Also known as: Somatotroph adenoma, Growth hormone excess or Pituitary giant
- Body odor
- Carpal tunnel syndrome
- Decreased muscle strength (weakness)
- Easy fatigue
- Enlarged bones of the face
- Enlarged feet
- Enlarged hands
- Enlarged glands in the skin (sebaceous glands)
- Enlarged jaw (prognathism) and tongue
- Excessive height (when excess growth hormone production begins in childhood)
- Excessive sweating
- Joint pain
- Limited joint movement
- Sleep apnea
- Swelling of the bony areas around a joint
- Thickening of the skin, skin tags
- Widely spaced teeth
- Widened fingers or toes due to skin overgrowth with swelling, redness, and pain
- Excess hair growth in females
- Weight gain (unintentional)
- High growth hormone level
- High insulin-like growth factor 1 (IGF-1) level
- Spine x-ray shows abnormal bone growth
- Pituitary MRI may show a pituitary tumor
- Echocardiogram may show an enlarged heart, leaky mitral valve, or leaky aortic valve
- Octreotide (Sandostatin) or bromocriptine (Parlodel) may control growth hormone release in some people.
- Pegvisomant (Somavert) directly blocks the effects of growth hormone, and has been shown to improve symptoms of acromegaly.
Acromegaly is a chronic metabolic disorder in which there is too much growth hormone and the body tissues gradually enlarge.
Causes, incidence, and risk factors
Acromegaly occurs in about 6 of every 100,000 adults. It is caused by abnormal production of growth hormone after the skeleton and other organs finish growing.
Excessive production of growth hormone in children causes gigantism rather than acromegaly.
The cause of the increased growth hormone release is usually a noncancerous (benign) tumor of the pituitary gland. The pituitary gland, which is located just below the brain, controls the production and release of several different hormones, including growth hormone.
Other symptoms that may occur with this disease:
Signs and tests
This disease may also change the results of the following tests:
Surgery to remove the pituitary tumor causing this condition corrects the abnormal growth hormone secretion in most patients. This surgery may not be available to patients in remote locations, so travel to a larger metropolitan area may be necessary for treatment.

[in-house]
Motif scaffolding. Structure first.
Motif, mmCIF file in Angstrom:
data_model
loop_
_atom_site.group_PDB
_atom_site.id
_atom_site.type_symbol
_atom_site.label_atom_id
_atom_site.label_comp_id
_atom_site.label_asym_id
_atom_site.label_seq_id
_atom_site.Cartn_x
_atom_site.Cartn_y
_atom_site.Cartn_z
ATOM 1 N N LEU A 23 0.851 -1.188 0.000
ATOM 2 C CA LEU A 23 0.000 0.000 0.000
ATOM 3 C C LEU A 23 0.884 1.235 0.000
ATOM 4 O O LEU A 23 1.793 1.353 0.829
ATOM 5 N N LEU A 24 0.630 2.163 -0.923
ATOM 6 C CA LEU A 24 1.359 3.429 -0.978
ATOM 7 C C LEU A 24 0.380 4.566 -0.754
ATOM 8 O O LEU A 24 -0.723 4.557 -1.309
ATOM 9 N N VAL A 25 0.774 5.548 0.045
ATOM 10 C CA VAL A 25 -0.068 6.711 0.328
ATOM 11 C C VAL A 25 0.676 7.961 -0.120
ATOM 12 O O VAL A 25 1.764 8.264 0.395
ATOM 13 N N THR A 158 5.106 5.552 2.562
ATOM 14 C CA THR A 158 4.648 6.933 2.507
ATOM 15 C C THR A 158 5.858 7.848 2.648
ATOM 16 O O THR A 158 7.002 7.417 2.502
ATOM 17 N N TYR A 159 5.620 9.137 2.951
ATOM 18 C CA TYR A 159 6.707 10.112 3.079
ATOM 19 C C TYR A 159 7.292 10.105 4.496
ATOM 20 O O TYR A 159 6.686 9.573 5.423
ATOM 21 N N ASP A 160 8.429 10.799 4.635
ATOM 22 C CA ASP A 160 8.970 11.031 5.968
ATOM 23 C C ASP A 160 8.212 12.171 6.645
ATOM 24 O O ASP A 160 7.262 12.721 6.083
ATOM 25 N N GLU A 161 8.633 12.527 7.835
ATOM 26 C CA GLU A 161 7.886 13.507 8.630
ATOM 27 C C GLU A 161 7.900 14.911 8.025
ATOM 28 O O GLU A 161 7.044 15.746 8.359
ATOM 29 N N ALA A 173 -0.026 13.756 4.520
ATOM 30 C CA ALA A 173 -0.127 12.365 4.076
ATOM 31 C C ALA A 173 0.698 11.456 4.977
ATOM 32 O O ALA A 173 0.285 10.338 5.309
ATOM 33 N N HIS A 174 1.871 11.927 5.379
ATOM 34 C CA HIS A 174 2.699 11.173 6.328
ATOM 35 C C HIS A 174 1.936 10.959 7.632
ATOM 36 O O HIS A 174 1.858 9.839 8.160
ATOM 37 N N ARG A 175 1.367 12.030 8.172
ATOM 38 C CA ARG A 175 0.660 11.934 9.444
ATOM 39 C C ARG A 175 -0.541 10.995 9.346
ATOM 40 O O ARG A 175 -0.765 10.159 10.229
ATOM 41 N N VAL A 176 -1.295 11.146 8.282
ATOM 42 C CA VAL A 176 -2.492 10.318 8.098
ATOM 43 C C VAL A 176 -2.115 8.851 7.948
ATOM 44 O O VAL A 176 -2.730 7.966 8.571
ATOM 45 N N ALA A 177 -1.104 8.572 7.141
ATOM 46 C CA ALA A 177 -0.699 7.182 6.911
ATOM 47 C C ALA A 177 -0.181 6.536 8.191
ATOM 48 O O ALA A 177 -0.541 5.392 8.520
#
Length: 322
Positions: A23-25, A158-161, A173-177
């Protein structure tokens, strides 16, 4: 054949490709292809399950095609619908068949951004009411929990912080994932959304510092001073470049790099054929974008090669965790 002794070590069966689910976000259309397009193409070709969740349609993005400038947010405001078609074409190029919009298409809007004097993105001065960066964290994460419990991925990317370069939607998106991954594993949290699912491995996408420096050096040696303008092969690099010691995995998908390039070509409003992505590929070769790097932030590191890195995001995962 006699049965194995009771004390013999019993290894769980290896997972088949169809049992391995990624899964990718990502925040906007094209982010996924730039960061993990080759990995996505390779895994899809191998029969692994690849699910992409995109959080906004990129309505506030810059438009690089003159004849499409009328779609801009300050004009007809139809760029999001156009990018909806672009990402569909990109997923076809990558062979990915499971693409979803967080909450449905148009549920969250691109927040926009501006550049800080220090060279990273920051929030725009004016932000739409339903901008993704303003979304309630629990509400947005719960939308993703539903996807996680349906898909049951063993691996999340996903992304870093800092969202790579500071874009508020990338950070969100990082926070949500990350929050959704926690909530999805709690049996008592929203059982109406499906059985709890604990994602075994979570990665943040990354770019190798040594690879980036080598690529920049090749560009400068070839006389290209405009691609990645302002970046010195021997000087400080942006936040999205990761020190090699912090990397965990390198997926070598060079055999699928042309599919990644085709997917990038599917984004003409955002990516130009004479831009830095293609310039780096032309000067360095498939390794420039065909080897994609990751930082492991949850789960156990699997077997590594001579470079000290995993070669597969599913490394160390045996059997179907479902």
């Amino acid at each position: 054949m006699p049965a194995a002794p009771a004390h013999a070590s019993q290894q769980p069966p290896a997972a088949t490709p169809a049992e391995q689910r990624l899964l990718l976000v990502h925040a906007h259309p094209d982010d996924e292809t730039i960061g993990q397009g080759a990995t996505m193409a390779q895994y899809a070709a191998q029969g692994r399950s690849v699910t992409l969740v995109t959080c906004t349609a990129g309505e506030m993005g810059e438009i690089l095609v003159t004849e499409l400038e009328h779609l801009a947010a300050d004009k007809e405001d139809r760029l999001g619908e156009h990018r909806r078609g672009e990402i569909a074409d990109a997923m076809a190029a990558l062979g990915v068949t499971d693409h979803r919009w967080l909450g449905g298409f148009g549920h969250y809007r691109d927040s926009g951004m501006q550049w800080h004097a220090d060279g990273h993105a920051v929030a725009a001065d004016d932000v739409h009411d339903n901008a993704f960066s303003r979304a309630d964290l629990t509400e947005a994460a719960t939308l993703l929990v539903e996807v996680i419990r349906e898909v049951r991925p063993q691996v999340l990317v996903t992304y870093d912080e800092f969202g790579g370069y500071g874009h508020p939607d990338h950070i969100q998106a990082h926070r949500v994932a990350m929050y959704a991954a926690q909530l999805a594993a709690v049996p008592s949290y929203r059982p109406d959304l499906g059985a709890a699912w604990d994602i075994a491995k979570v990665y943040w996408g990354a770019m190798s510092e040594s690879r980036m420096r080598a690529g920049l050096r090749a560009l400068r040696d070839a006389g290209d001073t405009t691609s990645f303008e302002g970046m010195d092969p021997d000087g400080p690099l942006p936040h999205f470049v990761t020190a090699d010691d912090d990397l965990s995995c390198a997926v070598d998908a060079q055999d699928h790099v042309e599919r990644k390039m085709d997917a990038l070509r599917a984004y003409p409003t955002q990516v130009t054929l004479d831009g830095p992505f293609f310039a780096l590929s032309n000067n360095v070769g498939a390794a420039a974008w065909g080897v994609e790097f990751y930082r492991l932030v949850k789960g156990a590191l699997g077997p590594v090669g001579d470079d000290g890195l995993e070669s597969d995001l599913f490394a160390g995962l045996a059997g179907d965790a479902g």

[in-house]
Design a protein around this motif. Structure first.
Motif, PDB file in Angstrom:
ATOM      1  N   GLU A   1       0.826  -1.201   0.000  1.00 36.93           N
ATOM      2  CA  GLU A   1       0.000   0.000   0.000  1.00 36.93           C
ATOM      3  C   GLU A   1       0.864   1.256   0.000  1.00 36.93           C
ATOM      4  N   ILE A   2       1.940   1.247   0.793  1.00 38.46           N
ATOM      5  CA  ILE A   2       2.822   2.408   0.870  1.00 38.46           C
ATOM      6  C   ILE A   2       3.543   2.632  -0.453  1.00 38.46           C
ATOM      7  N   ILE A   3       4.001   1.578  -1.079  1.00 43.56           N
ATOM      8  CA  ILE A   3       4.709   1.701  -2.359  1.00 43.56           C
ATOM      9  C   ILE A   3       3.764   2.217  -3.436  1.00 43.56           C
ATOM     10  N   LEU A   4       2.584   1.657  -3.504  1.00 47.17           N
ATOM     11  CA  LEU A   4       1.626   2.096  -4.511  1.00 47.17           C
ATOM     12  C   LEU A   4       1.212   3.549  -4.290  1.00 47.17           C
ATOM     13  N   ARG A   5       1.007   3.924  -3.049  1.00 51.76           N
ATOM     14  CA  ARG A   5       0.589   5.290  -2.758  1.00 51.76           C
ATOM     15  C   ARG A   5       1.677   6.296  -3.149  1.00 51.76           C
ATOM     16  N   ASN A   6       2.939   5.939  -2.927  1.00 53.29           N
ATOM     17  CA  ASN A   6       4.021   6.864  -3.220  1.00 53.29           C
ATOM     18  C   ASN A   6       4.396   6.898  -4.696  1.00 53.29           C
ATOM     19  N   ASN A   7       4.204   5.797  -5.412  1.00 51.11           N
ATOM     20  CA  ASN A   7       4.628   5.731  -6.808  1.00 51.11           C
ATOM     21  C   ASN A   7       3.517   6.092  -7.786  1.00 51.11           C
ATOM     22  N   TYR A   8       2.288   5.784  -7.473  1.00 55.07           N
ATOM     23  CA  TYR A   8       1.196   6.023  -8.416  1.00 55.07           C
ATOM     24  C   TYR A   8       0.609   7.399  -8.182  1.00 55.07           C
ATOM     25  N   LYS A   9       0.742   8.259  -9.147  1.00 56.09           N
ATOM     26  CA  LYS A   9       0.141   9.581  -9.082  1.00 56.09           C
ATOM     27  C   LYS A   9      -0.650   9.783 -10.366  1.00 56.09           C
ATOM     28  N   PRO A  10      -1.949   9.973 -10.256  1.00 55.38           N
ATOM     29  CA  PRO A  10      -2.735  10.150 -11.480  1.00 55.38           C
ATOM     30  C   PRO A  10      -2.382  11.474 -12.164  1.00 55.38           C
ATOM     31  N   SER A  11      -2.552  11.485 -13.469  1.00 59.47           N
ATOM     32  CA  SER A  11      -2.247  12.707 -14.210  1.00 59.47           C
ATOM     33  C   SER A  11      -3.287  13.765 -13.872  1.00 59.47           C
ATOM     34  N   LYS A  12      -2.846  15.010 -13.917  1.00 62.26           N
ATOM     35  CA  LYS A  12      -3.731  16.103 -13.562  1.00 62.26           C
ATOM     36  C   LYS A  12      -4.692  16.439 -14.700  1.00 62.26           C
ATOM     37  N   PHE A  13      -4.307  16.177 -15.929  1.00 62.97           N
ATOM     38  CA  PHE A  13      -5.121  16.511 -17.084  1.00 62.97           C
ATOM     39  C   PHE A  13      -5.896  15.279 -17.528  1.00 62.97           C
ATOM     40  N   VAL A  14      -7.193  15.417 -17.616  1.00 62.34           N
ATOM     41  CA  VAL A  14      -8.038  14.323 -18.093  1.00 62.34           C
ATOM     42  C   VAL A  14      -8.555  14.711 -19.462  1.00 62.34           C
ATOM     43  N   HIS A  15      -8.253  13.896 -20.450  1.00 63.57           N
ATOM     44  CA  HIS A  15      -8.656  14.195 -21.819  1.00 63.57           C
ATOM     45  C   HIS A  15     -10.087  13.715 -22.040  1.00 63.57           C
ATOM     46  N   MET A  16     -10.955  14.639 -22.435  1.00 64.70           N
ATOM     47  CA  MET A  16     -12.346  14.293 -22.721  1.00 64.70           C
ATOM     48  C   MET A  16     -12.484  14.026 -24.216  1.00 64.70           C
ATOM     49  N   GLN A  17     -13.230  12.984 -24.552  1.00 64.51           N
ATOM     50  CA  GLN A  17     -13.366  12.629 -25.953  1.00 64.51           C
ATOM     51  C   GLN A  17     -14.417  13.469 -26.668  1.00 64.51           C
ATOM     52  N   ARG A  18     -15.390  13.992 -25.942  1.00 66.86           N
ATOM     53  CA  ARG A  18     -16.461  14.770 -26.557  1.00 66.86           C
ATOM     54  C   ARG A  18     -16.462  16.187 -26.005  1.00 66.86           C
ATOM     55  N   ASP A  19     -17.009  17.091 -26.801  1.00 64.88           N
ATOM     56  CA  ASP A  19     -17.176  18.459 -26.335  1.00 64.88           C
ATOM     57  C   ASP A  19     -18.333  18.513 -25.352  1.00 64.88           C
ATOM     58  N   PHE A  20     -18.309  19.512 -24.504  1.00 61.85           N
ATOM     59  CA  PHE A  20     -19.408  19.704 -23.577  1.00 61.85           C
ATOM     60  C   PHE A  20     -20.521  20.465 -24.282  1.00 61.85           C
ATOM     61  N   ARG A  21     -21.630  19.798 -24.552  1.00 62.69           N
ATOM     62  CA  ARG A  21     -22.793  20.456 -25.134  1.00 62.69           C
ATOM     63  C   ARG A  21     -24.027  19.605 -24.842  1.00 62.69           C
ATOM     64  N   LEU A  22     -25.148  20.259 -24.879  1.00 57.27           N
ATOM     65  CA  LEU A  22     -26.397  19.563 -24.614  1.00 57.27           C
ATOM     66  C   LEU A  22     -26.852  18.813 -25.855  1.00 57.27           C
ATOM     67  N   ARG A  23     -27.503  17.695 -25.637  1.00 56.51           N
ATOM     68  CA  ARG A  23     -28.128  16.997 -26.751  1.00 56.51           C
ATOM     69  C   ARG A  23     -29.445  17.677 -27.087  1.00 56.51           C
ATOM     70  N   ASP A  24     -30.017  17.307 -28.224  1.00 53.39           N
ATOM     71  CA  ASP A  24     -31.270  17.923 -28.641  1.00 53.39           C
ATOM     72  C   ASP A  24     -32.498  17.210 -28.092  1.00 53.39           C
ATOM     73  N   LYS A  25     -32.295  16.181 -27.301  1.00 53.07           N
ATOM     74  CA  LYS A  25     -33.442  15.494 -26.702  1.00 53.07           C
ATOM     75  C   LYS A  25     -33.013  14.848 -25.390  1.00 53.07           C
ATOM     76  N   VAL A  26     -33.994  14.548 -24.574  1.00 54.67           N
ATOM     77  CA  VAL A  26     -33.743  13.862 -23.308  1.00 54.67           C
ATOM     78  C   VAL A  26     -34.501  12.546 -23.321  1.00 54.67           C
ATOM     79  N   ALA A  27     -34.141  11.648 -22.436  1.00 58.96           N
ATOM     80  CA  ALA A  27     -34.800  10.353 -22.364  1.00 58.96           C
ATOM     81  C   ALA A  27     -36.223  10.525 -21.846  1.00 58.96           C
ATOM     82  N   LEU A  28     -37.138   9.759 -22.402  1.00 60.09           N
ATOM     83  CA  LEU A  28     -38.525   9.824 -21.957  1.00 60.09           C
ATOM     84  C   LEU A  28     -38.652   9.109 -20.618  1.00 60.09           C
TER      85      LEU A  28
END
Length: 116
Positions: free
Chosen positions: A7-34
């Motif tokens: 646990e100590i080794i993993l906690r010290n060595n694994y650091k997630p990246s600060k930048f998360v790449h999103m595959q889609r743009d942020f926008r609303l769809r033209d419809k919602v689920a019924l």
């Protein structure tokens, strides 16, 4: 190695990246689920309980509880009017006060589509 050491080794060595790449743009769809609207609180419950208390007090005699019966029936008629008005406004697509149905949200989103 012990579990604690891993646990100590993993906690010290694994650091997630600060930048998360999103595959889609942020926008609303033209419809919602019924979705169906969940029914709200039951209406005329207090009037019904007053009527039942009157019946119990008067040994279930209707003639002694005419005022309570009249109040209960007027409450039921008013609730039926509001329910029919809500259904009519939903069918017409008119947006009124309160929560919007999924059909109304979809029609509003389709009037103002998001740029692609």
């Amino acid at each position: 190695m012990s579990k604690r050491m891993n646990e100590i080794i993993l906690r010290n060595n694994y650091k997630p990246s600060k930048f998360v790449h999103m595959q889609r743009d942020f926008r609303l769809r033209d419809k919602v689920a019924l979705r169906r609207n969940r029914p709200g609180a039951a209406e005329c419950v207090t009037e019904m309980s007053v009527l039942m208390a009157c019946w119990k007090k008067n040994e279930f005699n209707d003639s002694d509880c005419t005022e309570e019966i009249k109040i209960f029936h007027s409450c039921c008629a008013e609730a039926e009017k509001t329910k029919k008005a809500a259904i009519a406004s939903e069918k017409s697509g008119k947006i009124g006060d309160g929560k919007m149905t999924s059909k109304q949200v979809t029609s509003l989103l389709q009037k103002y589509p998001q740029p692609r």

Radiation of the pituitary gland is used for people who do not respond to the surgical treatment. However, the reduction in growth hormone levels after radiation is very slow.
The following medications may be used to treat acromegaly:
These medications may be used before surgery, or when surgery is not possible.
After treatment, periodic evaluation is necessary to ensure that the pituitary gland is working normally. Yearly evaluations are recommended.
Pituitary surgery is successful in most patients, depending on the size of the tumor and the experience of the surgeon.
Without treatment the symptoms will get worse, and the risk of cardiovascular disease increases.
Calling your health care provider
Call your health care provider if you have symptoms of acromegaly, or if your symptoms do not improve with treatment.
There are no methods to prevent the condition, but early treatment may prevent complications of the disease from getting worse.
Melmed S, Kleinberg D. Anterior pituitary. In: Kronenberg HM, Melmed S, Polonsky KS, Larsen PR, eds. Williams Textbook of Endocrinology. 11th ed. Philadelphia, PA: Saunders Elsevier; 2008:chap 8.
- Review date:
- November 25, 2009
- Reviewed by:
- Ari S. Eckman, MD, Division of Endocrinology and Metabolism, Johns Hopkins School of Medicine, Baltimore, MD. Review provided by VeriMed Healthcare Network. Also reviewed by David Zieve, MD, MHA, Medical Director, A.D.A.M., Inc.
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